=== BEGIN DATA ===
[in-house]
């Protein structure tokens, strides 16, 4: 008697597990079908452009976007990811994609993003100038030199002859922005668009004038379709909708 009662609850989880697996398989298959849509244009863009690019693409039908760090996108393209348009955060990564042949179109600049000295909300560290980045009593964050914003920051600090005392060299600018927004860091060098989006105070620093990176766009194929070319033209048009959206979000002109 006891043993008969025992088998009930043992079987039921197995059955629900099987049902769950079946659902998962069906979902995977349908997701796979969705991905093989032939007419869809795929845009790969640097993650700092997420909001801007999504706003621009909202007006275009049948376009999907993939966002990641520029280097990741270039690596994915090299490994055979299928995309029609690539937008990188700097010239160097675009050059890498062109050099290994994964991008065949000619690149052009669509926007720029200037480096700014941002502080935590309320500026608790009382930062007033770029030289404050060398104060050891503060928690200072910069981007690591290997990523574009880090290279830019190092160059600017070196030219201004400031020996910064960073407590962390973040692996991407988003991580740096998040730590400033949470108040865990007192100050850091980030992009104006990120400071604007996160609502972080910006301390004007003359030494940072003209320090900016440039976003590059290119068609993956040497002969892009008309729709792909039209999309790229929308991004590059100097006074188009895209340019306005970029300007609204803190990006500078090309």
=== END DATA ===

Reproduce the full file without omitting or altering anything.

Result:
[in-house]
């Protein structure tokens, strides 16, 4: 008697597990079908452009976007990811994609993003100038030199002859922005668009004038379709909708 009662609850989880697996398989298959849509244009863009690019693409039908760090996108393209348009955060990564042949179109600049000295909300560290980045009593964050914003920051600090005392060299600018927004860091060098989006105070620093990176766009194929070319033209048009959206979000002109 006891043993008969025992088998009930043992079987039921197995059955629900099987049902769950079946659902998962069906979902995977349908997701796979969705991905093989032939007419869809795929845009790969640097993650700092997420909001801007999504706003621009909202007006275009049948376009999907993939966002990641520029280097990741270039690596994915090299490994055979299928995309029609690539937008990188700097010239160097675009050059890498062109050099290994994964991008065949000619690149052009669509926007720029200037480096700014941002502080935590309320500026608790009382930062007033770029030289404050060398104060050891503060928690200072910069981007690591290997990523574009880090290279830019190092160059600017070196030219201004400031020996910064960073407590962390973040692996991407988003991580740096998040730590400033949470108040865990007192100050850091980030992009104006990120400071604007996160609502972080910006301390004007003359030494940072003209320090900016440039976003590059290119068609993956040497002969892009008309729709792909039209999309790229929308991004590059100097006074188009895209340019306005970029300007609204803190990006500078090309």